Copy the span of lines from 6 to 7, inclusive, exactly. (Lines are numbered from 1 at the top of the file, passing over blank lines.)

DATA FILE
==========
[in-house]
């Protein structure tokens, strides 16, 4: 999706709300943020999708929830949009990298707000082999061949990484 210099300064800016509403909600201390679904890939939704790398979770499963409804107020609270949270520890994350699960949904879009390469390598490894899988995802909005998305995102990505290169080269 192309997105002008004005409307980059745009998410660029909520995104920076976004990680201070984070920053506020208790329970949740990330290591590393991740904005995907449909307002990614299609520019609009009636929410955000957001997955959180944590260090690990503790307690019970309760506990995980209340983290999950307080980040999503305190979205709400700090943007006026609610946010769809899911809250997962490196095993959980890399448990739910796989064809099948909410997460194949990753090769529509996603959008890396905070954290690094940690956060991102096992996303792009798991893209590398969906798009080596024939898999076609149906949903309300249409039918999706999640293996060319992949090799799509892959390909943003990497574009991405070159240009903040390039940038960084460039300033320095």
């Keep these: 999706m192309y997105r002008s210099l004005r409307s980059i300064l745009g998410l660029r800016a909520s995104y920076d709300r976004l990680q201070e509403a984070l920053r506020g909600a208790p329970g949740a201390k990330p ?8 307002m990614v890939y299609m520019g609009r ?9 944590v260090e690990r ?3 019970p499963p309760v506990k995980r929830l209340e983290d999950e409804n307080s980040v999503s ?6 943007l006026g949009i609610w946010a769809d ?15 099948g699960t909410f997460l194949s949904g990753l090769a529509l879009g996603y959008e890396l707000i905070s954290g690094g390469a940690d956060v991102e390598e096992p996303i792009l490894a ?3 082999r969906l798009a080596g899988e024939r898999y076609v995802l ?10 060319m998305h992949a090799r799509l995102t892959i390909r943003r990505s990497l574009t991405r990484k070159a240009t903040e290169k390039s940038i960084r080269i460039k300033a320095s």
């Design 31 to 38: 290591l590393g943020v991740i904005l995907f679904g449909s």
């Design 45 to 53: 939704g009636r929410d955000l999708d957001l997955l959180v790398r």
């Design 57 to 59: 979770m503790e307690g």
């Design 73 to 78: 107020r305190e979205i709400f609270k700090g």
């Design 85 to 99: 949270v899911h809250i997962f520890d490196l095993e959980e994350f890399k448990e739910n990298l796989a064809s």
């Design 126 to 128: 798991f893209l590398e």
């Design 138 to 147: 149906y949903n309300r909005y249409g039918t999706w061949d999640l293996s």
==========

């Design 57 to 59: 979770m503790e307690g």
């Design 73 to 78: 107020r305190e979205i709400f609270k700090g």